Image credit: NASA/JPL
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Belly Dancing on Mars
Belly Dancing on Mars

This image shows a screenshot from the software used by engineers to drive the Mars Exploration Rover Spirit. The software simulates the rover's movements across the martian terrain, helping to plot a safe course for the rover. The virtual 3-D world around the rover is built from images taken by Spirit's stereo navigation cameras. Regions for which the rover has not yet acquired 3-D data are represented in beige. The red dart to the left shows a target destination for the rover. Red lines indicate the path the rover's wheels will follow to reach the target, and the blue line denotes the path of the rover's "belly button," as engineers like to call it.

Image credit: NASA/JPL
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Cutting the Cord (Animation)
Cutting the Cord

This animation shows the view from the front hazard avoidance cameras on the Mars Exploration Rover Spirit as the rover turns 45 degrees clockwise. This maneuver is the first step in a 3-point turn that will rotate the rover 115 degrees to face west. The rover must make this turn before rolling off the lander because airbags are blocking it from exiting off the front lander petal. Before this crucial turn could take place, engineers instructed the rover to cut the final cord linking it to the lander. The turn took around 30 minutes to complete.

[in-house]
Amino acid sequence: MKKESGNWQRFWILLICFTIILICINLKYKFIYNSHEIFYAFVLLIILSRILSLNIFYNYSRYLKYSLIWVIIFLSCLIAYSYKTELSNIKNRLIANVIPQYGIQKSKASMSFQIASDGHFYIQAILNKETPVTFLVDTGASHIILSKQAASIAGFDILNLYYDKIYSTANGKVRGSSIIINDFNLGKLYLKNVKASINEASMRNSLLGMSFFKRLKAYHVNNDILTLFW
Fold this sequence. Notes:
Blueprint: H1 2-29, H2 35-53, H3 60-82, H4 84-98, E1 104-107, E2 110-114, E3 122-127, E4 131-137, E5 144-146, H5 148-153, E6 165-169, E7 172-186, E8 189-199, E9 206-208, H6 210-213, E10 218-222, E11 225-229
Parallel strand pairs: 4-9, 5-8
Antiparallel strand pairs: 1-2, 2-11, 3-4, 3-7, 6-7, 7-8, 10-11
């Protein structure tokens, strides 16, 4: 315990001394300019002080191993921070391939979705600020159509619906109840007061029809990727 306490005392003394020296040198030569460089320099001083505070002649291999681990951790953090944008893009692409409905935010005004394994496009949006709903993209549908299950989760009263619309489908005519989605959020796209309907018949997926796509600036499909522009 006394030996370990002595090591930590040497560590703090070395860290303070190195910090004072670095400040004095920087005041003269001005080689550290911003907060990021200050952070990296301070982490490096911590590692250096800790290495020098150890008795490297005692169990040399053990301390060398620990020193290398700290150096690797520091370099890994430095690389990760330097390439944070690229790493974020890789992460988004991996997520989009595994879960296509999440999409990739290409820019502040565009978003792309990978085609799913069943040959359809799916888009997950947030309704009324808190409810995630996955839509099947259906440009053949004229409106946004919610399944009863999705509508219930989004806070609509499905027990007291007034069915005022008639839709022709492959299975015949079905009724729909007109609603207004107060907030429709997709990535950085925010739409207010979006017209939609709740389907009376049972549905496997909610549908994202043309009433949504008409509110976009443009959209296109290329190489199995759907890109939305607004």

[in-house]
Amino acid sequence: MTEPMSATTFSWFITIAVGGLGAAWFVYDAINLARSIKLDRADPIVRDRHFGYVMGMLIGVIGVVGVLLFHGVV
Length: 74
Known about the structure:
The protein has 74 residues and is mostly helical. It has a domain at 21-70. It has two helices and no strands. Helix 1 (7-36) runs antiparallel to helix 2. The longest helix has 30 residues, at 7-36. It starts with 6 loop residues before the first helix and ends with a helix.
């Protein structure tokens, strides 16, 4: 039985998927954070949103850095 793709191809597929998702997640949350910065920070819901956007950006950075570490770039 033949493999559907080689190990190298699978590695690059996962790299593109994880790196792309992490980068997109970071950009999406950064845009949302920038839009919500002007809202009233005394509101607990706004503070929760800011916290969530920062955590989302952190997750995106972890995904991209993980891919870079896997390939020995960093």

Image credit: NASA/JPL
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Cutting the Cord (Image)   Browse Image (51 kB)
  Large Image (118 kB)
Cutting the Cord-2 (Animation)
Cutting the Cord-2

This animation shows the view from the rear hazard avoidance cameras on the Mars Exploration Rover Spirit as the rover turns 45 degrees clockwise. This maneuver is the first step in a 3-point turn that will rotate the rover 115 degrees to face west. The rover must make this turn before rolling off the lander because airbags are blocking it from exiting from the front lander pedal. Before this crucial turn took place, engineers instructed the rover to cut the final cord linking it to the lander. The turn took around 30 minutes to complete.

Image credit: NASA/JPL
Browse Image (1.4 MB) | Large Image (5.4 MB)


Cutting the Cord-2 (Image) Browse Image (38 kB)
Large Image (91 kB)
Rover Pre-Turn (Animation)
Rover Pre-Turn